Contradicting FBI claims that the U.S. government is focused only on a single phone in the landmark privacy case pitting Apple against federal law enforcement, news outlets are reporting Tuesday that the Justice Department is pursuing court orders to force the tech company to help investigators extract data from iPhones in about a dozen undisclosed cases around the country.
The Wall Street Journal first reported the news Tuesday morning, citing "people familiar with the matter." According to the paper:
The other phones are at issue in cases where prosecutors have sought, as in the San Bernardino, Calif., terror case, to use an 18th-century law called the All Writs Act to compel the company to help them bypass the passcode security feature of phones that may hold evidence, these people said.
The specifics of the roughly dozen cases haven’t been disclosed publicly, but they don’t involve terrorism charges, these people said. The 12 cases remain in a kind of limbo amid the bigger, more confrontational legal duel between the government and the company over an iPhone seized in the terror case in California, these people said.
But as The Verge points out, "With these cases already ongoing, it would be straightforward to compel Apple's assistance in these additional cases after the legal precedent has been set. It's unclear why the Department of Justice chose to push forward the San Bernardino order rather than one of the other thirteen cases detailed here, although it's likely that the high-profile nature of the case played a role in the decision."
Indeed, the ramifications could spread far beyond 12 individual smartphones, The Intercept's Jenna McLaughlin wrote on Monday.
"The FBI wants you to believe that its contentious court battle to force Apple to write new software that would let it hack San Bernardino killer Syed Farook’s iPhone is only about this one, specific, particularly heinous case," she said. "But the FBI’s defenders and friends in state and local law enforcement are going way off message. They say the ruling is going to have a huge impact on how they do business."
The Intercept reported:
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In Suffolk County, Massachusetts, district attorney’s office spokesperson Jake Wark said prosecutors “can’t rule out” bringing their own case of a locked cellphone before a judge, too. “It may be a question of finding the right case,” he told the Wall Street Journal.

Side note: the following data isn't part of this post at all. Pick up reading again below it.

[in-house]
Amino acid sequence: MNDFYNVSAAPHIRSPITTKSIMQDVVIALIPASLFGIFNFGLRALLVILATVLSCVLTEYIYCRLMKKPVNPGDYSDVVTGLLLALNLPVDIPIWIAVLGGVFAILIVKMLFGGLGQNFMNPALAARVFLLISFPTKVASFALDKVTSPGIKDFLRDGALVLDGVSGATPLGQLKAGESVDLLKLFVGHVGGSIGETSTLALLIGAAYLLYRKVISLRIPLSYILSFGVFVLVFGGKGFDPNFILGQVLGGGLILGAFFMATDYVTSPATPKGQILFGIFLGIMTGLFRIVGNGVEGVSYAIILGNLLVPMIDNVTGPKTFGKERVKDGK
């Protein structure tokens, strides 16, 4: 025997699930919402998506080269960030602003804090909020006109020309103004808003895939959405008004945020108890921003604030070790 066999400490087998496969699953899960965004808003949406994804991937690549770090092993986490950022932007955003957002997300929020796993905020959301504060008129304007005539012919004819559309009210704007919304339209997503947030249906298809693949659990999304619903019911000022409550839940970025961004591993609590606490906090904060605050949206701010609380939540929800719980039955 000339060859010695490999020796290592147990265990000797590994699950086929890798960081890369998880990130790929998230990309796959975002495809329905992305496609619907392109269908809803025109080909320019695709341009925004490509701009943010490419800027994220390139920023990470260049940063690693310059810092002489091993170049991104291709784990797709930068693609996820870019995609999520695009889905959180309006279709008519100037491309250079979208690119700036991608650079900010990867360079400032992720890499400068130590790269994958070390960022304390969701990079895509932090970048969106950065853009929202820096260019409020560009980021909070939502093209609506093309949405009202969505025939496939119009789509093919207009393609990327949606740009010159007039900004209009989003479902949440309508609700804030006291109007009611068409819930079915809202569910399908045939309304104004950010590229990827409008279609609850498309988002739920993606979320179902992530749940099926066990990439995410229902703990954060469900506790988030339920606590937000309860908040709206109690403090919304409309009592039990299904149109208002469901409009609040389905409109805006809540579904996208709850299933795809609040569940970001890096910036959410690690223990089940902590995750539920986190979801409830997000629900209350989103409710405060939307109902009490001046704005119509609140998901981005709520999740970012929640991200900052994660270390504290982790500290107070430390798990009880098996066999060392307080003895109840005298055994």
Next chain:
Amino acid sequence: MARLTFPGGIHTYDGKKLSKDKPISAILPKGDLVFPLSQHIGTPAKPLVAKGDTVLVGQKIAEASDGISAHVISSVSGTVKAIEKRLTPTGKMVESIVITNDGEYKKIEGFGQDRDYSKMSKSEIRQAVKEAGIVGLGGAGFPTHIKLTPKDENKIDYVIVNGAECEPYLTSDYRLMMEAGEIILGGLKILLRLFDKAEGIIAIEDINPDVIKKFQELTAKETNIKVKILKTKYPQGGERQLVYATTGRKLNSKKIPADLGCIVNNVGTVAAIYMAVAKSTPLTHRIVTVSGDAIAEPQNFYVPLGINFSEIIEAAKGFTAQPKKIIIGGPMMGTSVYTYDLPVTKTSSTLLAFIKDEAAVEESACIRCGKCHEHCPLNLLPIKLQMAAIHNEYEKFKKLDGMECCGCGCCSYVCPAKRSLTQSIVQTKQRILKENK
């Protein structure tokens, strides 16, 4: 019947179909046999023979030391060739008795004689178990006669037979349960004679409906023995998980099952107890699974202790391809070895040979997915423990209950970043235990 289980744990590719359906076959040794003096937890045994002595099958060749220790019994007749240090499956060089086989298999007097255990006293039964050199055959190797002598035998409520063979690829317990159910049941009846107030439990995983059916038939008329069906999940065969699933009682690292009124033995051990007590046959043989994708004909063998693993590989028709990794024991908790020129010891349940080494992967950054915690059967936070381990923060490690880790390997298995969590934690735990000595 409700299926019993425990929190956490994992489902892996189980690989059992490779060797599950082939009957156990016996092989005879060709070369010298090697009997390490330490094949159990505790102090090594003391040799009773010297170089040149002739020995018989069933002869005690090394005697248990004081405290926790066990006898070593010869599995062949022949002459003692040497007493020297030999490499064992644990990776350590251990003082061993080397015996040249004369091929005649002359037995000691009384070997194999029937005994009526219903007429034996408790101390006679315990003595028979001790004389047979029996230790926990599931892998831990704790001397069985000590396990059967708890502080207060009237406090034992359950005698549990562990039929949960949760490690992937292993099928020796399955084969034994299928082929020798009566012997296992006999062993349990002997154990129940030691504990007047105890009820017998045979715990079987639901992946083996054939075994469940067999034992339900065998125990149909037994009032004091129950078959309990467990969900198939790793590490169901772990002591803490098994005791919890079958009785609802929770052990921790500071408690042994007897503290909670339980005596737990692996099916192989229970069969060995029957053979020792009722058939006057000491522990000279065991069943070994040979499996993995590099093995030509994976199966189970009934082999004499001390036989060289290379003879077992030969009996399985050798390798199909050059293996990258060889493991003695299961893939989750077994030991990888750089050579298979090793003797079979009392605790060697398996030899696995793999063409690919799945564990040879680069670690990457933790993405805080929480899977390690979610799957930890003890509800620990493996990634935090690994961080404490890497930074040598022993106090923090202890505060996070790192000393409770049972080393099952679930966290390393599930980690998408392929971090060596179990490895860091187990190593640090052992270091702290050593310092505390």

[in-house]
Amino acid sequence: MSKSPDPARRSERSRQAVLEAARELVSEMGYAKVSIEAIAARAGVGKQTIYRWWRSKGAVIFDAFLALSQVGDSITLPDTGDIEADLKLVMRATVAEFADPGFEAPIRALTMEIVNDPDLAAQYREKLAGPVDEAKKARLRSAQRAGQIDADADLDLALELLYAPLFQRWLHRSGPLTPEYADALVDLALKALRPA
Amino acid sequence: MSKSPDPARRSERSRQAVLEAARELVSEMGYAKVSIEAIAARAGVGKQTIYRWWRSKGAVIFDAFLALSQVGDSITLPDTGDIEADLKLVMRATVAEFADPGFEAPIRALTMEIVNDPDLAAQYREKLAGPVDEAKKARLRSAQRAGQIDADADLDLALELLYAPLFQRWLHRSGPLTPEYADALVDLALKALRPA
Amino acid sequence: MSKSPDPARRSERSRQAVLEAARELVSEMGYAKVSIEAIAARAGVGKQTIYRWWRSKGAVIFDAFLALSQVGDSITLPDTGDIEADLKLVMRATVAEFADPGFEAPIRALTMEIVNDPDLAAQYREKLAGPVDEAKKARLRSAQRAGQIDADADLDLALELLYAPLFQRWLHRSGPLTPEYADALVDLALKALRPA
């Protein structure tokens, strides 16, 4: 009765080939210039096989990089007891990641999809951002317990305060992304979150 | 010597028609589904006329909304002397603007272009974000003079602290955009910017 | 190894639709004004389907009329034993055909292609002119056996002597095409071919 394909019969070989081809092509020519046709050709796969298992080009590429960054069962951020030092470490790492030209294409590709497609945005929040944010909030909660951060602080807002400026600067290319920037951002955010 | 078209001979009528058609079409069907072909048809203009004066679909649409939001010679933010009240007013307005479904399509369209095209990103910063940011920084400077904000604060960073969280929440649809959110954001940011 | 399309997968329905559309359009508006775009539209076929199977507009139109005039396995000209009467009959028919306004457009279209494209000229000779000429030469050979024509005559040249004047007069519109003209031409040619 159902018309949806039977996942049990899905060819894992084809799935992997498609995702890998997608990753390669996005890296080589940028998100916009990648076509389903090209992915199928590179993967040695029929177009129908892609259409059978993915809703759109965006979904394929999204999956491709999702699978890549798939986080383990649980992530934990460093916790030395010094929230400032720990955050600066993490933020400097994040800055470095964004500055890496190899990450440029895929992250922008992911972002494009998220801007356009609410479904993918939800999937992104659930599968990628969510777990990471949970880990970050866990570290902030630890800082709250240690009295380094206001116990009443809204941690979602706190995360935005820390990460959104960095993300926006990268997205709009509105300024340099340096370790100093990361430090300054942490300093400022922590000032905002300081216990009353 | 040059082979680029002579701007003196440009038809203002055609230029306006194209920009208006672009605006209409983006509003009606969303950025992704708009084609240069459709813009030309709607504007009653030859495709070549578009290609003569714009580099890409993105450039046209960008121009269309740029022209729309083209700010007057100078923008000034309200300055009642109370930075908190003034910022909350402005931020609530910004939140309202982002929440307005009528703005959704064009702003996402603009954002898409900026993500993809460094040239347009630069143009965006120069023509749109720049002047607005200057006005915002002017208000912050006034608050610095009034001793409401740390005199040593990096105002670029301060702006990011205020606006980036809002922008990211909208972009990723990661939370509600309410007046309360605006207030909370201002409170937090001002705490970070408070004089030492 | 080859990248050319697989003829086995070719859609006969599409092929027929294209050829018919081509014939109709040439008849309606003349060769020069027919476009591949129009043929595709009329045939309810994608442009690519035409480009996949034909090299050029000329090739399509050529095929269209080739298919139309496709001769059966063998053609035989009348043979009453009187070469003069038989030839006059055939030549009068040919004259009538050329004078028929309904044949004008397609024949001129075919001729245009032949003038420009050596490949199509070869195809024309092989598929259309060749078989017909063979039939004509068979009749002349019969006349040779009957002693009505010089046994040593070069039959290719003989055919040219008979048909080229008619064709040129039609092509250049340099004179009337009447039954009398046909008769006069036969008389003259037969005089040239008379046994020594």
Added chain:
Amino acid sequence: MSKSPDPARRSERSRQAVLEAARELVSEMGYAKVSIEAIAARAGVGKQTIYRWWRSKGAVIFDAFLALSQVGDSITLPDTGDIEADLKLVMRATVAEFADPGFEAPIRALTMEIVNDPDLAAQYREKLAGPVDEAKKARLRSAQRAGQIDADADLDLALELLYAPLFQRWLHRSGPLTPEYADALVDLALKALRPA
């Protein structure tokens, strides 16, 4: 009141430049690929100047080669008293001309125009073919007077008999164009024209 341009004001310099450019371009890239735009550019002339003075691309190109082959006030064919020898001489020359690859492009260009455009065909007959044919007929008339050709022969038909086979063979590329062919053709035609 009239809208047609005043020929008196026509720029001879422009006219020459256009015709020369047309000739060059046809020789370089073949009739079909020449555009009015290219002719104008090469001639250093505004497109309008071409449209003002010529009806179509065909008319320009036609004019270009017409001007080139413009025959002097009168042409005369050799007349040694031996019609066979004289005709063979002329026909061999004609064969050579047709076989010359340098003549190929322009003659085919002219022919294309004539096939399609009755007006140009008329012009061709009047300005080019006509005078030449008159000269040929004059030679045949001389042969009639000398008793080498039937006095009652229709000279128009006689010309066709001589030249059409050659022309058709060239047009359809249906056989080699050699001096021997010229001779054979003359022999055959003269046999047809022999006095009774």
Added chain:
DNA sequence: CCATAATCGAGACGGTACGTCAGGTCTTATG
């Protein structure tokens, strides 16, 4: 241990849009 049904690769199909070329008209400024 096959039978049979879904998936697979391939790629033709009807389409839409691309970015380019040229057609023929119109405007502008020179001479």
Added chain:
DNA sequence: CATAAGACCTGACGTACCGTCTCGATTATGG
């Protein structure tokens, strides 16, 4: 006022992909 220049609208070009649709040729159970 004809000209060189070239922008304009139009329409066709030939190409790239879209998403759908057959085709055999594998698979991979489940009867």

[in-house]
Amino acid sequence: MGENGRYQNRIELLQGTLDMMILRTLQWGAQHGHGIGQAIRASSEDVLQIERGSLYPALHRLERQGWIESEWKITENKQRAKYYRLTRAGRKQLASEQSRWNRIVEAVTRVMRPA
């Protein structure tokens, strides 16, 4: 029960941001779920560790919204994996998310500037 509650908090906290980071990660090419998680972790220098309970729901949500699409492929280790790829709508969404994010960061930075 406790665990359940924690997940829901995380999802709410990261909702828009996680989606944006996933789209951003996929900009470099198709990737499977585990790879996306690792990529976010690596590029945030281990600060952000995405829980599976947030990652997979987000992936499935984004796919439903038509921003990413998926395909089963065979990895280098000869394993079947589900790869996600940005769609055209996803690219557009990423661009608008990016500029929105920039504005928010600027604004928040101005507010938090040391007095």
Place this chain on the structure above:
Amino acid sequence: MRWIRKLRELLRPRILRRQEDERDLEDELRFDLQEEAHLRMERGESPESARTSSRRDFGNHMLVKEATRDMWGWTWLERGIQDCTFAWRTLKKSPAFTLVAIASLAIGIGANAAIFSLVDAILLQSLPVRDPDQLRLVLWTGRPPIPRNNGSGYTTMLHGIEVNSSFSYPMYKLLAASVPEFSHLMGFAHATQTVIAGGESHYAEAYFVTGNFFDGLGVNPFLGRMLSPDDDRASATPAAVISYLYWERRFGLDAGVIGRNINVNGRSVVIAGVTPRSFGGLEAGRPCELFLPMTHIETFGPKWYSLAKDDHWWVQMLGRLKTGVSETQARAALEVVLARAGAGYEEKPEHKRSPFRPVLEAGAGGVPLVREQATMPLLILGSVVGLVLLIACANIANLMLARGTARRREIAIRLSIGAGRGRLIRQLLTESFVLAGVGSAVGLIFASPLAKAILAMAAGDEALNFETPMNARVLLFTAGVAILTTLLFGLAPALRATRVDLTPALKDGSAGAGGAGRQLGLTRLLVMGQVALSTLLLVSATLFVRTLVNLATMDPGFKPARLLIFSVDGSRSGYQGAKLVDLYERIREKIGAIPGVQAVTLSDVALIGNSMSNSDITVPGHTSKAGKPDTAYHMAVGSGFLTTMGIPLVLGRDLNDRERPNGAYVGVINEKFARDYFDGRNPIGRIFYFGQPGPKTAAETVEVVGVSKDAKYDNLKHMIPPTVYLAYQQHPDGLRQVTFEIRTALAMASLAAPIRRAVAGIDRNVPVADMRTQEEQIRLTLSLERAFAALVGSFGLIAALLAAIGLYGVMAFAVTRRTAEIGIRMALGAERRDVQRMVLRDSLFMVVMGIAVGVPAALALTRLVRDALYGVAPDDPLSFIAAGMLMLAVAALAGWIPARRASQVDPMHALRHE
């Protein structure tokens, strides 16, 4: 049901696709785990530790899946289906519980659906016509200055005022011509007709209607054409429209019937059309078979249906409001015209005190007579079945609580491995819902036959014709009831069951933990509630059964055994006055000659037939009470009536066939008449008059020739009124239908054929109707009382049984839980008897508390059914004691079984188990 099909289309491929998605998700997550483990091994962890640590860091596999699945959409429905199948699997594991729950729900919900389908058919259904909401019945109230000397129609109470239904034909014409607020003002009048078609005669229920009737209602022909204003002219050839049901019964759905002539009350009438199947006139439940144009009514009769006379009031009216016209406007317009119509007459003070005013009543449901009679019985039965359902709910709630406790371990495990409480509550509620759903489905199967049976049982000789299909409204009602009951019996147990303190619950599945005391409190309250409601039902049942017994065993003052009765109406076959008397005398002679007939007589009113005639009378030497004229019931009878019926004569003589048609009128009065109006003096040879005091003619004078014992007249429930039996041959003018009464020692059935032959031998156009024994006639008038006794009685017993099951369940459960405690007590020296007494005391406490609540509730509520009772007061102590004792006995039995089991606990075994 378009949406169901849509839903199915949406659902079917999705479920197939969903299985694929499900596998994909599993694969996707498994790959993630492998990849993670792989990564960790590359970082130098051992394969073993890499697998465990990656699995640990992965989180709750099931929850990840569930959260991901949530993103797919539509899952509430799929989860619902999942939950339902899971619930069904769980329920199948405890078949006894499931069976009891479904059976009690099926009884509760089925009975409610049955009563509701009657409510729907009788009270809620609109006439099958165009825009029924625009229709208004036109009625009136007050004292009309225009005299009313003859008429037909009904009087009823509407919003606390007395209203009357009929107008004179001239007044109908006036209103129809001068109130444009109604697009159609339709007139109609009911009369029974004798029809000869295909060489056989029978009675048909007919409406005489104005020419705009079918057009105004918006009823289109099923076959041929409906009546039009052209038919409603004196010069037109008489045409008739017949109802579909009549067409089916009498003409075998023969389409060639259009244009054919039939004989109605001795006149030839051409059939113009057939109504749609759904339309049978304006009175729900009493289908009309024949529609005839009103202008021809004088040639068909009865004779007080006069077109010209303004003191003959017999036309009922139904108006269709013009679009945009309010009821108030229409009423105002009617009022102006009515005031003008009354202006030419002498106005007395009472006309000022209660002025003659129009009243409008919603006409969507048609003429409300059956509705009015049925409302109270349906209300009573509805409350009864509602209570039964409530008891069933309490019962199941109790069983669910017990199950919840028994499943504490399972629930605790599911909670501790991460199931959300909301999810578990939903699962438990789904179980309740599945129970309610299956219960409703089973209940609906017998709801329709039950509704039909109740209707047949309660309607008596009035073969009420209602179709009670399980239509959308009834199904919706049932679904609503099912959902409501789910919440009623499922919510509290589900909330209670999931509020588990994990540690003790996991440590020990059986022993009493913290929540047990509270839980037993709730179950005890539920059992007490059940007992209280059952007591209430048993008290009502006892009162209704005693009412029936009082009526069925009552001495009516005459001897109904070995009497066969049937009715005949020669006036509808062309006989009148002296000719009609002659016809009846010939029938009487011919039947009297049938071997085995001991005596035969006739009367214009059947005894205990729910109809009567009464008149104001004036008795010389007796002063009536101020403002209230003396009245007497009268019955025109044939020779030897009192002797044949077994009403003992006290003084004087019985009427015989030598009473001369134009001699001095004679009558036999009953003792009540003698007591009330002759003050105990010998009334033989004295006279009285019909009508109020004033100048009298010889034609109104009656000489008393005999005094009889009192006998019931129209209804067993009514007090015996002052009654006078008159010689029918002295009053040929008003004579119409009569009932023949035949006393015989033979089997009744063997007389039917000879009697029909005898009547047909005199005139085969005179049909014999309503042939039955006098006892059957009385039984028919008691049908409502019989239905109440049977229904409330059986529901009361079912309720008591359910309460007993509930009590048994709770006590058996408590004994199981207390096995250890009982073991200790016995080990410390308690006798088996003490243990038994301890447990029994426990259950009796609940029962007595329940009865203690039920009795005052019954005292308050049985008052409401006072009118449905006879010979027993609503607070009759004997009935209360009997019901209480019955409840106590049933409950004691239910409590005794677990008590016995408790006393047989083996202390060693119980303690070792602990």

“It’s going to have significant ramifications on us locally,” Matt Rokus, deputy chief of Wisconsin’s Eau Claire Police Department, told the city’s Leader-Telegram newspaper on Monday.
In South Dakota, Minnehaha County State’s Attorney Aaron McGowan told the Sioux Falls Argus Leader that “the court’s ruling could have a significant impact on conducting sensitive criminal investigations.”
This is in line with Apple's claim over the past week, that the outcome of this legal tussle could have "implications far beyond the legal case at hand."
Meanwhile, the Justice Department said in a court filing late Monday that Apple has, after years of complying with court orders based on the 1789 All Writs Act, suddenly changed its legal position.
The filing came in a Brooklyn case involving a methamphetamine dealer. The Drug Enforcement Administration (DEA) sought Apple's help to break into a phone owned by the suspect, Jun Feng, saying that despite a guilty plea by Feng, it still needed access to the phone data as part of an ongoing investigation.
Instead of approving the DEA's request to order Apple to help break into Feng's phone, as other judges routinely have done in other cases, U.S. Magistrate Judge James Orenstein asked Apple to weigh in—becoming the first to raise doubts about whether the All Writs Act applied to Apple.
"Apple jumped at the opening provided by Judge Orenstein," CNN reports—and as such, "the seeds of the government's fight with Apple were sown in the Brooklyn courtroom."
"The cases are different, but the underlying legal question is very similar," Alex Abdo, a lawyer with the American Civil Liberties Union, told NPR. "The question in the New York case is whether the government can rely on this very old statute to conscript Apple into government service."
As NPR explains, there are some key differences between the two cases, in particular that Feng's iPhone was using an older operating system, iOS 7, which makes it relatively easy for Apple to bypass the lock. The iPhone in the San Bernardino case is running Apple's newer operating system, iOS 9, and the company says it would have to create software just to get into the phone.
That reflects a conscious shift on Apple's part, Abdo argued. "They didn't want to be in the position, they told the court, of having to serve as a government investigative agent," he said. "They wanted to be out of the business of spying on their customers."
As Apple CEO Tim Cook wrote in an email to staff on Monday: "Some advocates of the government’s order want us to roll back data protections to iOS 7, which we released in September 2013. Starting with iOS 8, we began encrypting data in a way that not even the iPhone itself can read without the user's passcode, so if it is lost or stolen, our personal data, conversations, financial and health information are far more secure. We all know that turning back the clock on that progress would be a terrible idea."